Don’t compromise the plan/idea. We want to recruit people to help. We’ve put out the call a few times and gotten a bunch of responses. Very little of these responses make the team. This is because we’re not willing to compromise the quality of the project. I’ve had to respectfully turn down several animators because I didn’t think their skills we’re quite high enough to meet the quality we want for the project. This goes with any “department”. Do not be afraid to turn down people if you don’t think they can meet the wanted level of quality.
Be nice and respectful in everything you do. This sounds like a basic life lesson/moral thing, but it’s very true to an indie project. I like to think we’ve been good to all of our followers and team members. If we were asshole to everyone, I don’t think the project would’ve gotten as far as it has.
Sorry if that got a little long winded. Hopefully at least some of this advise will help you. Good luck on your project.
The following answer is from Darlos9D, our lead programmer and fighting game buff.
You raise some good points. Several of which have been addressed in the past, though I’ll admit our information dissemination isn’t the best right now. (I really need to compile all the game features and quirks on the wiki…) So, I’ll go ahead and hopefully put some fears to rest.
It hasn’t been implemented yet, but the game will eventually have an “unblockable setup protection” in place. When a high or low attack is blocked, for the next few frames during blockstun, all incoming attacks will essentially count as mid. Now, the opponent can get the timing down and make a series of incoming highs and lows HARD to block, but attacks that strike at the same time will never be completely unblockable. The same goes for right/left side attacks.
I think you’re overestimating the complexity of horizontal position/velocity affecting the blockability of many mid attacks. When the attacker is above the defender, attacks are either high or mid. When the attacker is below the defender, attacks are either low or mid. This means, just like any other fighting game, you’re going to want to block high while the opponent in the air or doing an overhead, and probably low otherwise. This system won’t make an opponent who is above you suddenly able to hit you with a low or anything wacky like that. Really, the system is in place to simply avoid instant overheads with jumping neutral light attacks and such, but to still allow a wide range of decent jump-ins. The only ambiguity might come from an opponent who is rising or falling past a defender, right as their relative above/below state changes. But really that’s no worse than ambiguous cross-ups, which is par for the course in fighting games. Quite frankly, anyone who manages to make use of that ambiguity deserves the advantage.
Good point on the never ending blockstring coming from multiple characters. I was going to worry more about that sort of thing once the game reached a certain state of legitimate playability since I doubted I’d be able to preemptively account for all possible issues that come from a game with more than 2 active fighters. There are certainly some existing examples of how this might be dealt with, such as alpha counters or pushblocking. There might even be something else that could be done, such as some kind of system that limits blockstrings similarly to combos.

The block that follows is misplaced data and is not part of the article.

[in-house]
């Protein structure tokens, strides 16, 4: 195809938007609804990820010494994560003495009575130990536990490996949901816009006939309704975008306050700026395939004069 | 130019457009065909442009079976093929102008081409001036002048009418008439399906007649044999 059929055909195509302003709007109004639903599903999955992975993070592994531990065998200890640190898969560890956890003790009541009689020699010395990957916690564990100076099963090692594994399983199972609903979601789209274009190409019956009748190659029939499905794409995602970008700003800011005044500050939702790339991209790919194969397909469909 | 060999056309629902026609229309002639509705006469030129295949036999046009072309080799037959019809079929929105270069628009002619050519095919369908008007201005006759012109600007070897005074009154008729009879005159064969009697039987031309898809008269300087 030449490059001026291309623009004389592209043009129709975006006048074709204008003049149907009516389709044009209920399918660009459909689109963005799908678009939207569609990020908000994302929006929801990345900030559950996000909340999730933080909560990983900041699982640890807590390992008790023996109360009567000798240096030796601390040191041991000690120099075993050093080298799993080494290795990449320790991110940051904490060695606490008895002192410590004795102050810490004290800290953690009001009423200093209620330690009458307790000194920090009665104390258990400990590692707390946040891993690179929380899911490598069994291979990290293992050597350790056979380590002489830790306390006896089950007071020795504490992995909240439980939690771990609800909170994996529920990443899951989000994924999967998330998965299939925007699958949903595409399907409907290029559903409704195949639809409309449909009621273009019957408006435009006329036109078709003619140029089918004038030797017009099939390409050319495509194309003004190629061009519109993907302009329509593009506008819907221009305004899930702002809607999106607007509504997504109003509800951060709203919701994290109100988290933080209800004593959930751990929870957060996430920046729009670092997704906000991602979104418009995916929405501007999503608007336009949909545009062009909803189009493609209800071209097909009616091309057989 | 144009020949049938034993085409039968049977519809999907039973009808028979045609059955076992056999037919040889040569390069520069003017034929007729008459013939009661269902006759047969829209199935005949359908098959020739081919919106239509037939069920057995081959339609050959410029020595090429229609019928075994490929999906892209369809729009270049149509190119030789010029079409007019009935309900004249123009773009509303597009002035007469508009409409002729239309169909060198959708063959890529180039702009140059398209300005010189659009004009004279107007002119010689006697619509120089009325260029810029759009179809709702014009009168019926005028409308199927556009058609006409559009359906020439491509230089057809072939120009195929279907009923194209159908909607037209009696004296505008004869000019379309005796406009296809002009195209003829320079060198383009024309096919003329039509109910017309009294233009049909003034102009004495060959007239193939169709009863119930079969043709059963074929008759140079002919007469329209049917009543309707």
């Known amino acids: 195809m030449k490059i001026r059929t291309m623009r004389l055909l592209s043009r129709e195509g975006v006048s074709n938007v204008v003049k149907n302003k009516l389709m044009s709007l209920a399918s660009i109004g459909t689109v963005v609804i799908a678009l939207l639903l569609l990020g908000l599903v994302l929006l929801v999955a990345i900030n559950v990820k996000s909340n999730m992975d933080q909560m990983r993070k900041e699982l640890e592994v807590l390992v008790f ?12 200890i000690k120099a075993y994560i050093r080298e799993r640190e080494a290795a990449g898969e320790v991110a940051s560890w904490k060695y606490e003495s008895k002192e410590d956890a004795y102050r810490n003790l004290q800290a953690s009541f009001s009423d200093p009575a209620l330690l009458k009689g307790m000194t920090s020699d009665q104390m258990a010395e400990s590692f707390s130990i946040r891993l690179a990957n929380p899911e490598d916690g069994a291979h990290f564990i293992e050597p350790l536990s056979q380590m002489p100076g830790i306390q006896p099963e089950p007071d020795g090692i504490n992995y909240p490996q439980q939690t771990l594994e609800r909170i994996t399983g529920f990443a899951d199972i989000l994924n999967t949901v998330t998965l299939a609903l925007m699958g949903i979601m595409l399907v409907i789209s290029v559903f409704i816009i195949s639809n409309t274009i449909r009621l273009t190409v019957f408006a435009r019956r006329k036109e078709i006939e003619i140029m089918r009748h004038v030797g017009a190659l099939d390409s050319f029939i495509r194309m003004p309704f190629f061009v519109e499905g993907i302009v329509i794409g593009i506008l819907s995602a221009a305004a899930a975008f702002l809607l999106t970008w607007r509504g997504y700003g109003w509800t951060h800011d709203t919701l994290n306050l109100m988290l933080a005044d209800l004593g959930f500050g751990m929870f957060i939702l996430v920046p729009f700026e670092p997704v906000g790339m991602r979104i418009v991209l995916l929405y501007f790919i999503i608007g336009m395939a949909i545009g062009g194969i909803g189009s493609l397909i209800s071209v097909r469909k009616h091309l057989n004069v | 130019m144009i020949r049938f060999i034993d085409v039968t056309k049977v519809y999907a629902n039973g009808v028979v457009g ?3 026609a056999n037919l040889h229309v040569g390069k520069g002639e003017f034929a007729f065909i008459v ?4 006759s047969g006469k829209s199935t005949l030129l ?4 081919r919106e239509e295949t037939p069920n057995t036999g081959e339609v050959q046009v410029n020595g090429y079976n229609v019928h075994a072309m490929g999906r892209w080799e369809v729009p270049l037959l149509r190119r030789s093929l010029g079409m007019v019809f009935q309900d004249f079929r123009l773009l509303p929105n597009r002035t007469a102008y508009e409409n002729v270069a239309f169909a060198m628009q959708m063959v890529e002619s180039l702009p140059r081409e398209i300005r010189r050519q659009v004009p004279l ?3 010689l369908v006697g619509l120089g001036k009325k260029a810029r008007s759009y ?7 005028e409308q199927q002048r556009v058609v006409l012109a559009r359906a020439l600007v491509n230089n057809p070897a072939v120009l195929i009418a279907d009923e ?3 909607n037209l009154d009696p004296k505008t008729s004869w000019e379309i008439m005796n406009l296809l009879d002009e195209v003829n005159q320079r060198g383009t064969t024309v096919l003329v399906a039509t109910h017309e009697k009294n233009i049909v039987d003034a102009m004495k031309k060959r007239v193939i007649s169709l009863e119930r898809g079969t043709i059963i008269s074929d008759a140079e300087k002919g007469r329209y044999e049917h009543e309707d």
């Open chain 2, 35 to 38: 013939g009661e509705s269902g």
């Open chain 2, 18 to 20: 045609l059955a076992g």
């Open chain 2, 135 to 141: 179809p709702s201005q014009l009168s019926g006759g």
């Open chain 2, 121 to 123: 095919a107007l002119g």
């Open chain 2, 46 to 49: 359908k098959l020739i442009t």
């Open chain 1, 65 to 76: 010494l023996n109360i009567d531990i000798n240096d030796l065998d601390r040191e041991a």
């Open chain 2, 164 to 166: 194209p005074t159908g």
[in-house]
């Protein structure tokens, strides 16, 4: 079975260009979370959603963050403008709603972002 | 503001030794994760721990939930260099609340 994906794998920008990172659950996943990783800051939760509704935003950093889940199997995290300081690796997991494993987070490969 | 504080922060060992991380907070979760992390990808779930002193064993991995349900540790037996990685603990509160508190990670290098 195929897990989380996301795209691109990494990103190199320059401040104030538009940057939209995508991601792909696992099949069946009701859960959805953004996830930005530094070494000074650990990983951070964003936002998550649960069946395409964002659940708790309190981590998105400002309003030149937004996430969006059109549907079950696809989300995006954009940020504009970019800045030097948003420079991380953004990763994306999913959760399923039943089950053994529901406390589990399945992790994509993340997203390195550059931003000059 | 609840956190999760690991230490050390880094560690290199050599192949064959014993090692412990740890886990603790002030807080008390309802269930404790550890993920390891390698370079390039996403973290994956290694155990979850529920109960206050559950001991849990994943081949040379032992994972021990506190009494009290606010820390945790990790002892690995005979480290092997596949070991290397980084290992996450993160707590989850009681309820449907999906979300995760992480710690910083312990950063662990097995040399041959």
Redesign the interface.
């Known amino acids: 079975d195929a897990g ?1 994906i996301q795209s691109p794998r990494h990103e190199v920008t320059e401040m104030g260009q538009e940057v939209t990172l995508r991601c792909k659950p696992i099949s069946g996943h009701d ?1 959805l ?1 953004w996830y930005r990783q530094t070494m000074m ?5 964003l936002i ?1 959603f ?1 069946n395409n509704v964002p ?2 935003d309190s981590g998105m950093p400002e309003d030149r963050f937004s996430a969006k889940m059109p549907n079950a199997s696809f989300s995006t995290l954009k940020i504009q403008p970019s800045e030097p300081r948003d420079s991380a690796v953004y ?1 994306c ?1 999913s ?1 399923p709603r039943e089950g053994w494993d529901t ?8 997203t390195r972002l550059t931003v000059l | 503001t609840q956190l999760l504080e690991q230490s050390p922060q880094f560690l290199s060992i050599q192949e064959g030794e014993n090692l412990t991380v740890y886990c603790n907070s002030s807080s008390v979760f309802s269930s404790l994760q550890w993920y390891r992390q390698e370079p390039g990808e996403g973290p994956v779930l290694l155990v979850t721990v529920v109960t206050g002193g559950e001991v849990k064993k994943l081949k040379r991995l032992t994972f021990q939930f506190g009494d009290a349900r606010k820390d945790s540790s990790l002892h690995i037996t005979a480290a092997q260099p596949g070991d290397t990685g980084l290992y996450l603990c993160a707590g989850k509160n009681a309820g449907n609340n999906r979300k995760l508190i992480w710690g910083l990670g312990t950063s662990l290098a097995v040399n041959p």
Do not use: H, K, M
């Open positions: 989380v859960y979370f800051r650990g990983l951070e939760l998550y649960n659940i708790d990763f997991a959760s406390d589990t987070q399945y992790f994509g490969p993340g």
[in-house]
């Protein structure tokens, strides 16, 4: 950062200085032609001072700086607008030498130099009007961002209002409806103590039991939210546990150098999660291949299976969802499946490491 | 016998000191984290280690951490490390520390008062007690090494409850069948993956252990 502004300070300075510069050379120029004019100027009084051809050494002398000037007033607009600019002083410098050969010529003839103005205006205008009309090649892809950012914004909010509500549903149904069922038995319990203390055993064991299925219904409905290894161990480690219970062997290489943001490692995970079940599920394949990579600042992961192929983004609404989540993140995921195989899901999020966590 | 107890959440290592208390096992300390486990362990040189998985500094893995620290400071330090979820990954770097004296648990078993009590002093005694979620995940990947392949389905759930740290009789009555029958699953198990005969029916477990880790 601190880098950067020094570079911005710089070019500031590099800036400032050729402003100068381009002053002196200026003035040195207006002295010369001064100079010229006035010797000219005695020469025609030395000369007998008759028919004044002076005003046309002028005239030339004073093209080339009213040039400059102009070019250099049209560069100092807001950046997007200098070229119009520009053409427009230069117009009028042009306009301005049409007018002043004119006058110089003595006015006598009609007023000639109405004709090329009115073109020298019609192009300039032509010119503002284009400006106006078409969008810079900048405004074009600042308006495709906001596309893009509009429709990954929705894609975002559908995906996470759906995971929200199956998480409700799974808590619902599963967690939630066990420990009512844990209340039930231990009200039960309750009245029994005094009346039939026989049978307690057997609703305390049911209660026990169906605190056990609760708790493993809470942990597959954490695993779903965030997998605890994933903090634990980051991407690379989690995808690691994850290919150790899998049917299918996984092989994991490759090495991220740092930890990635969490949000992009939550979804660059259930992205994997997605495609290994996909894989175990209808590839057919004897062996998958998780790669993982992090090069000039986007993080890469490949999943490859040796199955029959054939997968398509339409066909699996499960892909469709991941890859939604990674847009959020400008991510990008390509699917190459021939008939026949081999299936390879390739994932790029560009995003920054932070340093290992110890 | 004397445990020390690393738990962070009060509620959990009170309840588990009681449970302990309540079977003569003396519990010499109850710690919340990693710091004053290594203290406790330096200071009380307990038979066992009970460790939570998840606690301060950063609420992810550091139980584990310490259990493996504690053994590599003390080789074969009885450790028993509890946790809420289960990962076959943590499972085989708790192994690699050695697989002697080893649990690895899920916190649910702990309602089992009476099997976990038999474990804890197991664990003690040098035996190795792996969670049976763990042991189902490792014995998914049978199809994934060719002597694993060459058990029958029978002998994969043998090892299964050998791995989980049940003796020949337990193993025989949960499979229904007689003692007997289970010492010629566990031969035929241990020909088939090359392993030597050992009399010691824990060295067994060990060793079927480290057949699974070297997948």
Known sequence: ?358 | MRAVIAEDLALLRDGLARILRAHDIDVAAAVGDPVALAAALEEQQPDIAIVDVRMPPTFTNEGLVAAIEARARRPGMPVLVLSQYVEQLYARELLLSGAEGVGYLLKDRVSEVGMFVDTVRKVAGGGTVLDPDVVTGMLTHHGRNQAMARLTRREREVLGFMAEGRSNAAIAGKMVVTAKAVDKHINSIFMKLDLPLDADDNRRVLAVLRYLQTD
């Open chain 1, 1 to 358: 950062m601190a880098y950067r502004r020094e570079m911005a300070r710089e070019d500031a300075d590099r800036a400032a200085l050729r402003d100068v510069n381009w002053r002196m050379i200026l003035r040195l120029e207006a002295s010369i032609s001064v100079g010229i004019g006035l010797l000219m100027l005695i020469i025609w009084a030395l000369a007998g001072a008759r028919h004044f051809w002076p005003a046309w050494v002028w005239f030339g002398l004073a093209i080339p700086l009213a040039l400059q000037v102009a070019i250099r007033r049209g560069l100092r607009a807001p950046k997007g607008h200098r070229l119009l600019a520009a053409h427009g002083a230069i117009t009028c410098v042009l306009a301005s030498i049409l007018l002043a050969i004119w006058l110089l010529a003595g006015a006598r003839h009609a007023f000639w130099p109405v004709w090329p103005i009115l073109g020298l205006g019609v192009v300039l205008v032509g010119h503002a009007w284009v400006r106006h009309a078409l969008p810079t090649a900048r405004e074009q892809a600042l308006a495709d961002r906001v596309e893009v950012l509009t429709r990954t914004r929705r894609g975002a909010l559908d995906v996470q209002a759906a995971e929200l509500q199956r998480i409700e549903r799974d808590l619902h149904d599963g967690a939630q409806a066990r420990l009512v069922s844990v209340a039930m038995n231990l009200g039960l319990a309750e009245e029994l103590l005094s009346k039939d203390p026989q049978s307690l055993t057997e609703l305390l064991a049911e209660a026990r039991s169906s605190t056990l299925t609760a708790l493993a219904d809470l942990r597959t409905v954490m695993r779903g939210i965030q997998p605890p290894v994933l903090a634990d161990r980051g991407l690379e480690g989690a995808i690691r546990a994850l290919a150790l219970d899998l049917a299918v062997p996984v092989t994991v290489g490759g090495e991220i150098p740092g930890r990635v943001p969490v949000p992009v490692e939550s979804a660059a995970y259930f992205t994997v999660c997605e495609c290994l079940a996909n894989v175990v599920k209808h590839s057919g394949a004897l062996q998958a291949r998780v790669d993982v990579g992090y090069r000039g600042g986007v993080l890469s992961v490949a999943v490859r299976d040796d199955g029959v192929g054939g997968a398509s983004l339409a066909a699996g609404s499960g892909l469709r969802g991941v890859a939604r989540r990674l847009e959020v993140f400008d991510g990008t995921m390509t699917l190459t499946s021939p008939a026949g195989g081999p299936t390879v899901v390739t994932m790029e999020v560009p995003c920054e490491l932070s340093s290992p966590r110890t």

Parry likely won’t be too ultra-powerful, since I imagine it being more like Guilty Gear or BlazBlue where it simply shaves off a few frames of blockstun. Useful at certain points in blockstrings, but not horribly overpowered. Dodges will provide only a small amount of invulnerability at the start, followed by some recovery. This is specifically to avoid incoming attacks that have few active frames followed by long recovery. (a highly active attack will outlast the invuln, and an attack with low recovery will let the opponent recover in time to take advantage of the dodge’s recovery) One of the most obvious types of attacks like that will be grabs, which dodges largely exist to counter in this game since you cannot simply “jump out” of throws. Of course, there will naturally be other attacks that fit those criteria that dodges will situationally be useful against.
I’m not sure what you’re referring to when you say “Moving towards the attack you want to block.” We currently have no forward-moving defensive options planned.
I hope this answers some questions.
Q:HeY What're you gonna do about cross-ups and blocking and breaking blocks and mixups and stuff, is it just gonna work like mahvel?
I’m not 100% on what you mean exactly, but all of those will be a thing.
- [EDITED] By default cross-ups will exist due to the nature of a 4P game, but they’ll still exist 1v1. Getting hit from behind, blocking or not, will turn you around to face your attacker.
For blocking, we don’t intend it to be the best option for defense. In fact, it will end up being a last resort kinda thing. While blocking, you will take chip damage from ALL attacks. This includes normals. Chip damage will not be able to kill you, but there might be exceptions for supers. We have no current plans to have “guard breaks”, but grabs will be unblockable(but dodgeable). The only way to avoid damage(when we implement it) will be dodges and a parry. There’ll be a high, low and backwards dodge/dash. We’re currently debating if anything should be done for a forward dodge/push.
- High/low mix-ups are already a thing in game. It’s slightly more complex that a usual fighter as your vertical position compared to your opponent will change the high/mid/low value of most attacks. You can read about that here.
Everyone should note that everything is far from final. We’re still testing mechanics and whatnot, so a lot of things and things we’re planning are subject to change.
EDIT: Oops, apparently I had misconceptions about a couple things and was told off. Check italics and strikethrough for changed info.